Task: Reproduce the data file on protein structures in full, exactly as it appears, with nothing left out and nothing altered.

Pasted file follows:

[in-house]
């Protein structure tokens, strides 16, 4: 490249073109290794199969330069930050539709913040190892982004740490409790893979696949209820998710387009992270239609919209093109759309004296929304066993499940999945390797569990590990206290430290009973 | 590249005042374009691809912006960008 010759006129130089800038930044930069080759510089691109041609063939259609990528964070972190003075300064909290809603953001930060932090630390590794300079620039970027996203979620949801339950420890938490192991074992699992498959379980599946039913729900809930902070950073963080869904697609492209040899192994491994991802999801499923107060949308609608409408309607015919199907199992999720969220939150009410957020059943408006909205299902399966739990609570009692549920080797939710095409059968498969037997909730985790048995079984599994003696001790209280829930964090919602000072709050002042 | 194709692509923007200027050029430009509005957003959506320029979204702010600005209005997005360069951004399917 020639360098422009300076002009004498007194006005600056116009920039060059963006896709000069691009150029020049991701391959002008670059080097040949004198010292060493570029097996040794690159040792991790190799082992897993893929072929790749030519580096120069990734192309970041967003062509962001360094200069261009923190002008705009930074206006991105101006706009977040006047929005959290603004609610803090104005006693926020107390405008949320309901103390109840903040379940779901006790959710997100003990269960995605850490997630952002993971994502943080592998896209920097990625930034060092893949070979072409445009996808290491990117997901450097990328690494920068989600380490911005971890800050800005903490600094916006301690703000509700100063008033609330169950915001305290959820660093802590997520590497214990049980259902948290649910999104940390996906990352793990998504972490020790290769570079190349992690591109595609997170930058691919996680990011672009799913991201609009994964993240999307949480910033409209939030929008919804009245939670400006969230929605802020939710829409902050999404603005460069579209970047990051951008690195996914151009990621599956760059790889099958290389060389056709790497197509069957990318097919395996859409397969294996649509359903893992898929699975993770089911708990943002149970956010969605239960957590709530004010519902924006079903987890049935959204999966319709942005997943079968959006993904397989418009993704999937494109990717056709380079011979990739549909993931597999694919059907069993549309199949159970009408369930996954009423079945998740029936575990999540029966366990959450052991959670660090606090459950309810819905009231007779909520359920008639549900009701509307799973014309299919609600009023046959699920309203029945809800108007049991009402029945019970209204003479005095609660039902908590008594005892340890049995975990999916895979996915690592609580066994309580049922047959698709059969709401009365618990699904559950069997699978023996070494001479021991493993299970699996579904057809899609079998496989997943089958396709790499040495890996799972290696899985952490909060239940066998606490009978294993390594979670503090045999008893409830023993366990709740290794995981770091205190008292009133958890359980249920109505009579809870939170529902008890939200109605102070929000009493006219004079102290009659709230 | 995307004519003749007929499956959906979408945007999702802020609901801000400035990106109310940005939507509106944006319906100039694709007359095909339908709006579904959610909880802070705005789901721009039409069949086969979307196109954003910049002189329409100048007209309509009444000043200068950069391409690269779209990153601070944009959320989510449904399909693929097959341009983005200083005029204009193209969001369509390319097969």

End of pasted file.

[in-house]
């Protein structure tokens, strides 16, 4: 490249073109290794199969330069930050539709913040190892982004740490409790893979696949209820998710387009992270239609919209093109759309004296929304066993499940999945390797569990590990206290430290009973 | 590249005042374009691809912006960008 010759006129130089800038930044930069080759510089691109041609063939259609990528964070972190003075300064909290809603953001930060932090630390590794300079620039970027996203979620949801339950420890938490192991074992699992498959379980599946039913729900809930902070950073963080869904697609492209040899192994491994991802999801499923107060949308609608409408309607015919199907199992999720969220939150009410957020059943408006909205299902399966739990609570009692549920080797939710095409059968498969037997909730985790048995079984599994003696001790209280829930964090919602000072709050002042 | 194709692509923007200027050029430009509005957003959506320029979204702010600005209005997005360069951004399917 020639360098422009300076002009004498007194006005600056116009920039060059963006896709000069691009150029020049991701391959002008670059080097040949004198010292060493570029097996040794690159040792991790190799082992897993893929072929790749030519580096120069990734192309970041967003062509962001360094200069261009923190002008705009930074206006991105101006706009977040006047929005959290603004609610803090104005006693926020107390405008949320309901103390109840903040379940779901006790959710997100003990269960995605850490997630952002993971994502943080592998896209920097990625930034060092893949070979072409445009996808290491990117997901450097990328690494920068989600380490911005971890800050800005903490600094916006301690703000509700100063008033609330169950915001305290959820660093802590997520590497214990049980259902948290649910999104940390996906990352793990998504972490020790290769570079190349992690591109595609997170930058691919996680990011672009799913991201609009994964993240999307949480910033409209939030929008919804009245939670400006969230929605802020939710829409902050999404603005460069579209970047990051951008690195996914151009990621599956760059790889099958290389060389056709790497197509069957990318097919395996859409397969294996649509359903893992898929699975993770089911708990943002149970956010969605239960957590709530004010519902924006079903987890049935959204999966319709942005997943079968959006993904397989418009993704999937494109990717056709380079011979990739549909993931597999694919059907069993549309199949159970009408369930996954009423079945998740029936575990999540029966366990959450052991959670660090606090459950309810819905009231007779909520359920008639549900009701509307799973014309299919609600009023046959699920309203029945809800108007049991009402029945019970209204003479005095609660039902908590008594005892340890049995975990999916895979996915690592609580066994309580049922047959698709059969709401009365618990699904559950069997699978023996070494001479021991493993299970699996579904057809899609079998496989997943089958396709790499040495890996799972290696899985952490909060239940066998606490009978294993390594979670503090045999008893409830023993366990709740290794995981770091205190008292009133958890359980249920109505009579809870939170529902008890939200109605102070929000009493006219004079102290009659709230 | 995307004519003749007929499956959906979408945007999702802020609901801000400035990106109310940005939507509106944006319906100039694709007359095909339908709006579904959610909880802070705005789901721009039409069949086969979307196109954003910049002189329409100048007209309509009444000043200068950069391409690269779209990153601070944009959320989510449904399909693929097959341009983005200083005029204009193209969001369509390319097969």